Jun 06 2014

Why The Clifford Series Teaches Grownups a Lesson

I’ve been composing this in my head for months, so bear with me and my passion while I get these thoughts out in the open. I’m sure most people in the United States have heard of the television show or the children’s books about Clifford the Big Red Dog. I grew up before the show existed, but the books were my favorites in the elementary school library I attended.

The basic theme of the books and show is this. Emily Elizabeth Howard is a little girl who wants a puppy, so she gets one, and he happens to be the runt of the litter. She LOVES Clifford, even when he’s naughty and does puppy stuff. Eventually Clifford becomes SO BIG, according to wikipedia over 25 feet tall (I feel like this corresponds with the books) that the family has no room for him in their little city apartment and they have to move a small neighborhood or Birdwell Island. Check out the intro song for the show, it’s pretty descriptive of the story line.

Let’s regroup, they adopted a dog, he got too big, they moved to accommodate him. That’s how the story goes. I realize this is a little bit of an idealistic reality, but the point Author Norman Bridwell makes is that you don’t just get RID OF your dog because he outgrows your little apartment, because he gets sick, becomes an inconvenience, etc. Any of the number of reasons people give for getting rid of their adult dog, Emily Elizabeth’s family blows this out of the water by saying, “Heck no, we love our dog, we didn’t adopt him just to give him back, we’re going to be his forever family and we’re going to make him happy.”

The Howard family is the ideal forever family for any dog or cat. They’re forgiving, loving, accommodating, and above all, committed. Because when you adopt a pet you’re essentially promising to do those things for this creature that DEPENDS on you. And when you break that promise by surrendering your pet either to a shelter, a new owner on craigslist (oh man, craigslist pets), your neighbor, or simply abandoning them, you’re being a complete jerk. You don’t adopt a baby, toddler, child, teenager and then just say “I don’t want you” and give him/her back? They depend on you! You worked hard to adopt him/her. So please, before you adopt a pet, give them that same commitment!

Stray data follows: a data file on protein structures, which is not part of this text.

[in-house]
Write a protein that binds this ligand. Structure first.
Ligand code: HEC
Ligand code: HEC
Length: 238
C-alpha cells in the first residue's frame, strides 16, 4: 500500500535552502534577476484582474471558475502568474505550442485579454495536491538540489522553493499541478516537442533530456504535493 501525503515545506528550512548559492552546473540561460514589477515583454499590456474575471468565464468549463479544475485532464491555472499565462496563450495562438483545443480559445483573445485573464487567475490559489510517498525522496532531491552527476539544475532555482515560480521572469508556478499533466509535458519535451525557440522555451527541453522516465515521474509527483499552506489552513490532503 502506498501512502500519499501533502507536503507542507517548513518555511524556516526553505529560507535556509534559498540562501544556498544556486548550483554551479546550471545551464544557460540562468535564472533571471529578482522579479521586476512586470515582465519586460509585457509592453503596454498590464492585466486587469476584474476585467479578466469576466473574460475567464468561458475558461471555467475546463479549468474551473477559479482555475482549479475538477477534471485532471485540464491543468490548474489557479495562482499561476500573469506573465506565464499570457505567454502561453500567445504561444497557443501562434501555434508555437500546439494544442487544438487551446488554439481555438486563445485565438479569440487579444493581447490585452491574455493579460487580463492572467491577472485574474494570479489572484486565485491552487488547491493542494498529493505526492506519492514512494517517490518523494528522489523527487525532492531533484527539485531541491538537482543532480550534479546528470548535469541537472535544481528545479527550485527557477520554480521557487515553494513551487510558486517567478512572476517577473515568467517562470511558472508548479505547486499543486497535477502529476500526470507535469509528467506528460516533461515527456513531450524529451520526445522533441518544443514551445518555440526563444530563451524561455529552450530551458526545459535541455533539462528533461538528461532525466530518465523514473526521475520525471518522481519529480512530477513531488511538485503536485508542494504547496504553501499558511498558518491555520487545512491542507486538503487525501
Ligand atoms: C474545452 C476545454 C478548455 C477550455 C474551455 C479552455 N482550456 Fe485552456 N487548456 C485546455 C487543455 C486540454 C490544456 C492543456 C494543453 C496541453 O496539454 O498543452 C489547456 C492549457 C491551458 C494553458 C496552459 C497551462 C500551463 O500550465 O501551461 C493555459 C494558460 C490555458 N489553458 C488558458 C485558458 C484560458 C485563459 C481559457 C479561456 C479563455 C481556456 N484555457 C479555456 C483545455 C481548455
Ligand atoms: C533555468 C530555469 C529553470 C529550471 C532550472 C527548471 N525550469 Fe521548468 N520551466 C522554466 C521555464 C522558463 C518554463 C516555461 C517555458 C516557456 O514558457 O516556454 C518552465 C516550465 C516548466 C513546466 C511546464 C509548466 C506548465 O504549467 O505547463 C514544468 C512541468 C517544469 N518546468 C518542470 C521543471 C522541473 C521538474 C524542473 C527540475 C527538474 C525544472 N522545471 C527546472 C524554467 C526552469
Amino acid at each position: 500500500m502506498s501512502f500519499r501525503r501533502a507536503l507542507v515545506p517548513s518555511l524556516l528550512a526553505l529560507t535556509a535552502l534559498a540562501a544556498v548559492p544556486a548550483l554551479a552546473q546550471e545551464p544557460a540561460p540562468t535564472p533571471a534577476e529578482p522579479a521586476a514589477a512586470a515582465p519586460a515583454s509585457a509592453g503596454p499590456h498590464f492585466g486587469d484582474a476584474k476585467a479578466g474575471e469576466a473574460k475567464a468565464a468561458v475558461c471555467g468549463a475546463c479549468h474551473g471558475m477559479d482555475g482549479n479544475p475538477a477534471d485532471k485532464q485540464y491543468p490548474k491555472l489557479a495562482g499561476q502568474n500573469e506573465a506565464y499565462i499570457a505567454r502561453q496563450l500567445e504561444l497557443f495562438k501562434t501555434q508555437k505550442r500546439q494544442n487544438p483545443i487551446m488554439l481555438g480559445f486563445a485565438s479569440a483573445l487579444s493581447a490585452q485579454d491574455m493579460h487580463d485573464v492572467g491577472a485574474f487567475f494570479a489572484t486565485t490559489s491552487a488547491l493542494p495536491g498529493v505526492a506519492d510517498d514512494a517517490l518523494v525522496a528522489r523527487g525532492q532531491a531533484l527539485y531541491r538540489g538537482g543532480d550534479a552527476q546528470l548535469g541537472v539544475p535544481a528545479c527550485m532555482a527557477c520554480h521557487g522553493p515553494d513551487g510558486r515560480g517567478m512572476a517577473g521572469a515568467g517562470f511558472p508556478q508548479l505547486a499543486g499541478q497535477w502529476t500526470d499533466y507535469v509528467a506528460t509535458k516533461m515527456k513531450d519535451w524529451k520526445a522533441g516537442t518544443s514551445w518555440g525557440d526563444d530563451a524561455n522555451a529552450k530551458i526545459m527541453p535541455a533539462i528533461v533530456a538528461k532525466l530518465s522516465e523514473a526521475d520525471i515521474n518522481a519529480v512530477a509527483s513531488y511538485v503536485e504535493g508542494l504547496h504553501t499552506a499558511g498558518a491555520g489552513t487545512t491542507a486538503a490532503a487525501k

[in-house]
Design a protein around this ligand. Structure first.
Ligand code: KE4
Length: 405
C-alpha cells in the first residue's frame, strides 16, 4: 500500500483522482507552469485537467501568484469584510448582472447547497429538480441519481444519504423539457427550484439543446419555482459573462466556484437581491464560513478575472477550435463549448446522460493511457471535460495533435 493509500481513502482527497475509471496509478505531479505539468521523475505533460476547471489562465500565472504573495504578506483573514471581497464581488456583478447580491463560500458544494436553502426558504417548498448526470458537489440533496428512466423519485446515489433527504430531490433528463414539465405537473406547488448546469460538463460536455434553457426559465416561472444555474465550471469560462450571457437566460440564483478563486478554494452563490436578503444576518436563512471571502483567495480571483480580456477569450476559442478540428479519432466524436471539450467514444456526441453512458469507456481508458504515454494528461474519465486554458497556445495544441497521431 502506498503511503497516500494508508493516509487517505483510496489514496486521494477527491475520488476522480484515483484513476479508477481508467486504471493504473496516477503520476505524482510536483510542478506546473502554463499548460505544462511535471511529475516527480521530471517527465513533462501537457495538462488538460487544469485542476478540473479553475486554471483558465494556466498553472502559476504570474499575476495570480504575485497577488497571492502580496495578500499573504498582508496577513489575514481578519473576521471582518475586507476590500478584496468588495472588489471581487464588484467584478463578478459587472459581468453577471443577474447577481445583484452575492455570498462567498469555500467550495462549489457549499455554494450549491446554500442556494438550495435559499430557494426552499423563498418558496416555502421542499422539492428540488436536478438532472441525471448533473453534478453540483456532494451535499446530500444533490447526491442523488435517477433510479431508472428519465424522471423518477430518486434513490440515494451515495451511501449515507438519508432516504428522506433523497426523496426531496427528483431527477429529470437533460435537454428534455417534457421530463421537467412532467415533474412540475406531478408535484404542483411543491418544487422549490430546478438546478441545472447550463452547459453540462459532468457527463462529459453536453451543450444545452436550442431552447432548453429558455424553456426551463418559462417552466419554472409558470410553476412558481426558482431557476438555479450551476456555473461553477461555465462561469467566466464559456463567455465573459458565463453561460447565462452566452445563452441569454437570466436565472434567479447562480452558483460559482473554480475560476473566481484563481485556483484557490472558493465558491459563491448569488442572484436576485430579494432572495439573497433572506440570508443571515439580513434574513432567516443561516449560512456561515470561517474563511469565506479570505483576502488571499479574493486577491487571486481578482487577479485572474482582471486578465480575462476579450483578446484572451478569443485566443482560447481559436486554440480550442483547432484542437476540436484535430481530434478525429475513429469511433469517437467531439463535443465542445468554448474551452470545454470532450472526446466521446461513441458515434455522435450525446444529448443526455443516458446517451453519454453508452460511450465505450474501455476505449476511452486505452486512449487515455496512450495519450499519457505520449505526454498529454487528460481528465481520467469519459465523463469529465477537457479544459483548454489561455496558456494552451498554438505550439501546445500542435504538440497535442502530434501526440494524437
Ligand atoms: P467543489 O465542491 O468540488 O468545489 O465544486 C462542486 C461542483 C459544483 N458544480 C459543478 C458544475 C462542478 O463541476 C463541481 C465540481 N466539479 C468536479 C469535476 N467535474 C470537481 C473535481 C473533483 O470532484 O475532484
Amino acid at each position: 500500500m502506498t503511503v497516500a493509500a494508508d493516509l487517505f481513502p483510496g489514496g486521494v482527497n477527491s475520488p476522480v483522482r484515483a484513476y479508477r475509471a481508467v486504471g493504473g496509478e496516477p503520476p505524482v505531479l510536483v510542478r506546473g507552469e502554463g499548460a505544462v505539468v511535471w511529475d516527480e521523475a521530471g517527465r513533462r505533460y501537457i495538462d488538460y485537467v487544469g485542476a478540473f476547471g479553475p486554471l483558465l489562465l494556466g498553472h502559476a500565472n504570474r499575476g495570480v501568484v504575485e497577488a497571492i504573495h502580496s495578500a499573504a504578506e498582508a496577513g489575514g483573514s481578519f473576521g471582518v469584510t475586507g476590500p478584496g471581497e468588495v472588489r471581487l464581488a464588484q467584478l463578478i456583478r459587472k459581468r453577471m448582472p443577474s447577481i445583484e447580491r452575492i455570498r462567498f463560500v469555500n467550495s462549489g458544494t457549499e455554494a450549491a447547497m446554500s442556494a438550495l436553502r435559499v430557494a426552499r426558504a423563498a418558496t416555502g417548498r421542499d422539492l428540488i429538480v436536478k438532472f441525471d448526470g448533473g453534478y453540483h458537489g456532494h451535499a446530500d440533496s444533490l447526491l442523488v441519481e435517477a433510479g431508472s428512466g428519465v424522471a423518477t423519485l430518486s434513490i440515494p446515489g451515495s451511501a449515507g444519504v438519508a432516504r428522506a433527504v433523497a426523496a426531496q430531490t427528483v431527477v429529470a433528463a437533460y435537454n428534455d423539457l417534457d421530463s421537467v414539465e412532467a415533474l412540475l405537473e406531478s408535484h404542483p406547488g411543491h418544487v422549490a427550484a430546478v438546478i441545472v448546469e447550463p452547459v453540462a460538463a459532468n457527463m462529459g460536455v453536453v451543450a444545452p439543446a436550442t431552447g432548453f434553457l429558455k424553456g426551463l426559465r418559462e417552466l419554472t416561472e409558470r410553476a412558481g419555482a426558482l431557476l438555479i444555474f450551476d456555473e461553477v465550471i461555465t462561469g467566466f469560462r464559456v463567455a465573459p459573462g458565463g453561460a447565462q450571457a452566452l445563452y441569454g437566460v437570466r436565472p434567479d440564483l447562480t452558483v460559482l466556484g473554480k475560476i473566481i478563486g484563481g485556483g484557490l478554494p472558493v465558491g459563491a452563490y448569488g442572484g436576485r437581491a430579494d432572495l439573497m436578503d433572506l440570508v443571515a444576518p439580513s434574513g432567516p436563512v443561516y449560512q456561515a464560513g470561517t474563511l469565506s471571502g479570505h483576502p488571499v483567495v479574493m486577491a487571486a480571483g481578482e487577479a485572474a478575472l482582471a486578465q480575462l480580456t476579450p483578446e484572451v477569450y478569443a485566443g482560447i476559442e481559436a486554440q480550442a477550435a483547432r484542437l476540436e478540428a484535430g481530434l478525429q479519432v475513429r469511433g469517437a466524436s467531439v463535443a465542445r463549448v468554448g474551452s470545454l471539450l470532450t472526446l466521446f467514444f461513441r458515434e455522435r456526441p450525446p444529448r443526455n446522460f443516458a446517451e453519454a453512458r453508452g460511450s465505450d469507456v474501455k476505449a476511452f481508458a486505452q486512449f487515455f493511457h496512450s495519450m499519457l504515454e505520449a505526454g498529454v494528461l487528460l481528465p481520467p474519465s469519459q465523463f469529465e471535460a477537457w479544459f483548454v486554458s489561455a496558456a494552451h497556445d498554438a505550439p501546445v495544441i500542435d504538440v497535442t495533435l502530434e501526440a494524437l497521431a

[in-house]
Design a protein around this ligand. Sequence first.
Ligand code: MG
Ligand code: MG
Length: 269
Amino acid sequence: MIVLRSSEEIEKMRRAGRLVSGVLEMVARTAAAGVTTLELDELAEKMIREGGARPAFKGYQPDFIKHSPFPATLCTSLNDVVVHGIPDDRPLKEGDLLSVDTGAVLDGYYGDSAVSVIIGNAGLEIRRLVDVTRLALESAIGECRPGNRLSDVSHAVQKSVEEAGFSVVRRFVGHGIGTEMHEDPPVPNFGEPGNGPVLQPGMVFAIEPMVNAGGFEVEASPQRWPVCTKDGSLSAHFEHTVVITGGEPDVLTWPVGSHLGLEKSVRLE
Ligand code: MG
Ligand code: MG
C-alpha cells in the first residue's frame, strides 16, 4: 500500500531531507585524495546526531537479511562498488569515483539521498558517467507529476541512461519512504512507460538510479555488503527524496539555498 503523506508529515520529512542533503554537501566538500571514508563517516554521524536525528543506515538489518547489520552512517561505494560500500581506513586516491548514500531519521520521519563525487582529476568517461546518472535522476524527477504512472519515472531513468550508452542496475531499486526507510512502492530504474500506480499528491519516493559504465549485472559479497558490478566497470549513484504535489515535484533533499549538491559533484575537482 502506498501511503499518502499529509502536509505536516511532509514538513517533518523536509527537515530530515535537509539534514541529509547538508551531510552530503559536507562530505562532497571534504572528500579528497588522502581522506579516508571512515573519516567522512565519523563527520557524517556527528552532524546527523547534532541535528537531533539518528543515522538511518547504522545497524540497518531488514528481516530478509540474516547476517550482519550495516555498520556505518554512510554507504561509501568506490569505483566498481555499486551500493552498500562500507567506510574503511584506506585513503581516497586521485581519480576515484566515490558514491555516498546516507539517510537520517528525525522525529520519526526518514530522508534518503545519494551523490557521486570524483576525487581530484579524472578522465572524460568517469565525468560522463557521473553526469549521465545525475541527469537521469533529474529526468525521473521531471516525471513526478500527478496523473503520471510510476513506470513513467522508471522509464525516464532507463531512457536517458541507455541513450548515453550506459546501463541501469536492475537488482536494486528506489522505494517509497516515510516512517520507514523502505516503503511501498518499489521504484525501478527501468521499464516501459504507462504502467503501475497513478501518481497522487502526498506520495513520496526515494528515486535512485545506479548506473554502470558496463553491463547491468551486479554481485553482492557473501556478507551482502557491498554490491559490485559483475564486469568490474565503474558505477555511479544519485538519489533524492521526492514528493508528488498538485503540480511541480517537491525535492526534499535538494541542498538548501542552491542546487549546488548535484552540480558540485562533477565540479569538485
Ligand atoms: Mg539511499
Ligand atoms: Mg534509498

They’re going to eat your flip flops unless you give them a rubbery toy. They’re going to rip up cardboard, they’re going to poop inside if you don’t take them out. They’re going to grow bigger! Commit before you adopt so people like me don’t have to see your awful craigslist advertisements 6 months later. *end rant*

{I definitely recommend these books, I grew up loving this series and my kids enjoy it too. You can click on each of these pictures to find them on Amazon. No I wasn’t asked to write this post, nor am I being compensated for it. I’m really passionate about animal welfare and my kids watch this show often enough that the theme song is stuck in my head just like it is in yours.}

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  1. Pretty Healthy Most of the Time

    I love Clifford! What good memories :) I totally agree with everything you say. I will never understand how people can just get rid of their family pet once they pass that cute puppy phase – ugh.

    I’m a high school teacher and I read children’s books to my students quite often because many of them really have such good messages. Have you read “If You Give a Mouse a Cookie”? That book is my favorite for “big kid” lessons!

  2. Shelby Michalek

    Oh yes! I loved the “if you give a mouse” series when I was a kid. I don’t think I have them for my own kids yet. I’ll have to try to find them this summer.

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